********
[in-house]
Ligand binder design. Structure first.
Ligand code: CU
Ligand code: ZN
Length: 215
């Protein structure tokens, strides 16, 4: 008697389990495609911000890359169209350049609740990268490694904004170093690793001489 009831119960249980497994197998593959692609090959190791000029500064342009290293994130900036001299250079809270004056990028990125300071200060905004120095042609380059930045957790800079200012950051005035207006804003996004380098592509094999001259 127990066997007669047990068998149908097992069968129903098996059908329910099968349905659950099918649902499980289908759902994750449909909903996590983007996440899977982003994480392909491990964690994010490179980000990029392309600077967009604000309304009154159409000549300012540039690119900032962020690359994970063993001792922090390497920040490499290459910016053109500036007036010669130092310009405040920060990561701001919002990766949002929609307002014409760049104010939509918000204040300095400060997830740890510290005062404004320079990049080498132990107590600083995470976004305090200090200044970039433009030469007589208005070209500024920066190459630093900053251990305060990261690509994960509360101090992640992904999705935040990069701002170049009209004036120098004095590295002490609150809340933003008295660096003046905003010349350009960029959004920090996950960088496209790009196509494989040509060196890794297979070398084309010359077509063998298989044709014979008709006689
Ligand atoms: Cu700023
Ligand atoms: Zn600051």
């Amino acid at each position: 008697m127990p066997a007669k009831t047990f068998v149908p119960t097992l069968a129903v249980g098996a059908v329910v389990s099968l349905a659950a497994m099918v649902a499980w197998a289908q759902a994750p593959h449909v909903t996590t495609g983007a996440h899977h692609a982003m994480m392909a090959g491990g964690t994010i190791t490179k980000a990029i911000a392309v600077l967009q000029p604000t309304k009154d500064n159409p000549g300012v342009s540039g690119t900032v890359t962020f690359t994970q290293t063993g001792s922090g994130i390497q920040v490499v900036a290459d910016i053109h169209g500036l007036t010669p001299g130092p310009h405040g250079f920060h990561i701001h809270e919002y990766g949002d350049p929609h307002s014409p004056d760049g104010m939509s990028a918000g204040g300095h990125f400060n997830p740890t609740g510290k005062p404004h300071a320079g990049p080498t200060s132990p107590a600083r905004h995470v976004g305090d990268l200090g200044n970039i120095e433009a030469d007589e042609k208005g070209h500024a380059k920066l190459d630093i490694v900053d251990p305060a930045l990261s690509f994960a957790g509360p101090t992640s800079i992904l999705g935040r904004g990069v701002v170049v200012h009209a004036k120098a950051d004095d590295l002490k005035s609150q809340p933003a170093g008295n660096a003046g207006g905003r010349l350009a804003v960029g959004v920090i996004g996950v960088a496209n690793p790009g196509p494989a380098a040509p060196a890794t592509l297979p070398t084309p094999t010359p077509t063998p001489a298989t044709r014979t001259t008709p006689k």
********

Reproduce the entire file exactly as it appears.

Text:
[in-house]
Ligand binder design. Structure first.
Ligand code: CU
Ligand code: ZN
Length: 215
């Protein structure tokens, strides 16, 4: 008697389990495609911000890359169209350049609740990268490694904004170093690793001489 009831119960249980497994197998593959692609090959190791000029500064342009290293994130900036001299250079809270004056990028990125300071200060905004120095042609380059930045957790800079200012950051005035207006804003996004380098592509094999001259 127990066997007669047990068998149908097992069968129903098996059908329910099968349905659950099918649902499980289908759902994750449909909903996590983007996440899977982003994480392909491990964690994010490179980000990029392309600077967009604000309304009154159409000549300012540039690119900032962020690359994970063993001792922090390497920040490499290459910016053109500036007036010669130092310009405040920060990561701001919002990766949002929609307002014409760049104010939509918000204040300095400060997830740890510290005062404004320079990049080498132990107590600083995470976004305090200090200044970039433009030469007589208005070209500024920066190459630093900053251990305060990261690509994960509360101090992640992904999705935040990069701002170049009209004036120098004095590295002490609150809340933003008295660096003046905003010349350009960029959004920090996950960088496209790009196509494989040509060196890794297979070398084309010359077509063998298989044709014979008709006689
Ligand atoms: Cu700023
Ligand atoms: Zn600051």
């Amino acid at each position: 008697m127990p066997a007669k009831t047990f068998v149908p119960t097992l069968a129903v249980g098996a059908v329910v389990s099968l349905a659950a497994m099918v649902a499980w197998a289908q759902a994750p593959h449909v909903t996590t495609g983007a996440h899977h692609a982003m994480m392909a090959g491990g964690t994010i190791t490179k980000a990029i911000a392309v600077l967009q000029p604000t309304k009154d500064n159409p000549g300012v342009s540039g690119t900032v890359t962020f690359t994970q290293t063993g001792s922090g994130i390497q920040v490499v900036a290459d910016i053109h169209g500036l007036t010669p001299g130092p310009h405040g250079f920060h990561i701001h809270e919002y990766g949002d350049p929609h307002s014409p004056d760049g104010m939509s990028a918000g204040g300095h990125f400060n997830p740890t609740g510290k005062p404004h300071a320079g990049p080498t200060s132990p107590a600083r905004h995470v976004g305090d990268l200090g200044n970039i120095e433009a030469d007589e042609k208005g070209h500024a380059k920066l190459d630093i490694v900053d251990p305060a930045l990261s690509f994960a957790g509360p101090t992640s800079i992904l999705g935040r904004g990069v701002v170049v200012h009209a004036k120098a950051d004095d590295l002490k005035s609150q809340p933003a170093g008295n660096a003046g207006g905003r010349l350009a804003v960029g959004v920090i996004g996950v960088a496209n690793p790009g196509p494989a380098a040509p060196a890794t592509l297979p070398t084309p094999t010359p077509t063998p001489a298989t044709r014979t001259t008709p006689k």